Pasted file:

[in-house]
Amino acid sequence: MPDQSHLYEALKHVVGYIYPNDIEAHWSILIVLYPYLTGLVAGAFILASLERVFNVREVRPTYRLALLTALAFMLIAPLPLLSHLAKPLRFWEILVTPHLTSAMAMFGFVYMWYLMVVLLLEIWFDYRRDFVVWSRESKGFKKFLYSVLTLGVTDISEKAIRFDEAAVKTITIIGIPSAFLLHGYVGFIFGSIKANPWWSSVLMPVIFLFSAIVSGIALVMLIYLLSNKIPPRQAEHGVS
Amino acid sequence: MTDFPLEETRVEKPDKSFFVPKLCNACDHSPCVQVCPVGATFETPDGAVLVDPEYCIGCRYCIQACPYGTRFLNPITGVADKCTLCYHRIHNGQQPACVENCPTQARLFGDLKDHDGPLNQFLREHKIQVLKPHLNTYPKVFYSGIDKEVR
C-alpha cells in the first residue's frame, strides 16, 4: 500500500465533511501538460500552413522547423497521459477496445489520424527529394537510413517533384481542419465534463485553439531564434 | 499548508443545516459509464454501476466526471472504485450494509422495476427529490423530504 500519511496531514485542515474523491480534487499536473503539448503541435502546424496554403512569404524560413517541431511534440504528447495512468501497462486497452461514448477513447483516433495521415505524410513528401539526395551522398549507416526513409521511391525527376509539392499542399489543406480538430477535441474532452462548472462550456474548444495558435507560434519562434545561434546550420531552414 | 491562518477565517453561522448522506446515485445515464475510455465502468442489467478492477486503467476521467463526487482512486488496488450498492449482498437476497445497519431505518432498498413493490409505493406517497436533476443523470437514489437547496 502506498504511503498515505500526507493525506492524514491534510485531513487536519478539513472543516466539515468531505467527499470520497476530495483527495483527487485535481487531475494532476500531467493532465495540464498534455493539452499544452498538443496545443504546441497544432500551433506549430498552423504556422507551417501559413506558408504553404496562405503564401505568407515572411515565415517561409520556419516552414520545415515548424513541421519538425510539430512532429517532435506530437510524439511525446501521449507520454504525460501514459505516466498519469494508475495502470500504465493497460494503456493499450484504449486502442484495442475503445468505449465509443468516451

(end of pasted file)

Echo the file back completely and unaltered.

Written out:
[in-house]
Amino acid sequence: MPDQSHLYEALKHVVGYIYPNDIEAHWSILIVLYPYLTGLVAGAFILASLERVFNVREVRPTYRLALLTALAFMLIAPLPLLSHLAKPLRFWEILVTPHLTSAMAMFGFVYMWYLMVVLLLEIWFDYRRDFVVWSRESKGFKKFLYSVLTLGVTDISEKAIRFDEAAVKTITIIGIPSAFLLHGYVGFIFGSIKANPWWSSVLMPVIFLFSAIVSGIALVMLIYLLSNKIPPRQAEHGVS
Amino acid sequence: MTDFPLEETRVEKPDKSFFVPKLCNACDHSPCVQVCPVGATFETPDGAVLVDPEYCIGCRYCIQACPYGTRFLNPITGVADKCTLCYHRIHNGQQPACVENCPTQARLFGDLKDHDGPLNQFLREHKIQVLKPHLNTYPKVFYSGIDKEVR
C-alpha cells in the first residue's frame, strides 16, 4: 500500500465533511501538460500552413522547423497521459477496445489520424527529394537510413517533384481542419465534463485553439531564434 | 499548508443545516459509464454501476466526471472504485450494509422495476427529490423530504 500519511496531514485542515474523491480534487499536473503539448503541435502546424496554403512569404524560413517541431511534440504528447495512468501497462486497452461514448477513447483516433495521415505524410513528401539526395551522398549507416526513409521511391525527376509539392499542399489543406480538430477535441474532452462548472462550456474548444495558435507560434519562434545561434546550420531552414 | 491562518477565517453561522448522506446515485445515464475510455465502468442489467478492477486503467476521467463526487482512486488496488450498492449482498437476497445497519431505518432498498413493490409505493406517497436533476443523470437514489437547496 502506498504511503498515505500526507493525506492524514491534510485531513487536519478539513472543516466539515468531505467527499470520497476530495483527495483527487485535481487531475494532476500531467493532465495540464498534455493539452499544452498538443496545443504546441497544432500551433506549430498552423504556422507551417501559413506558408504553404496562405503564401505568407515572411515565415517561409520556419516552414520545415515548424513541421519538425510539430512532429517532435506530437510524439511525446501521449507520454504525460501514459505516466498519469494508475495502470500504465493497460494503456493499450484504449486502442484495442475503445468505449465509443468516451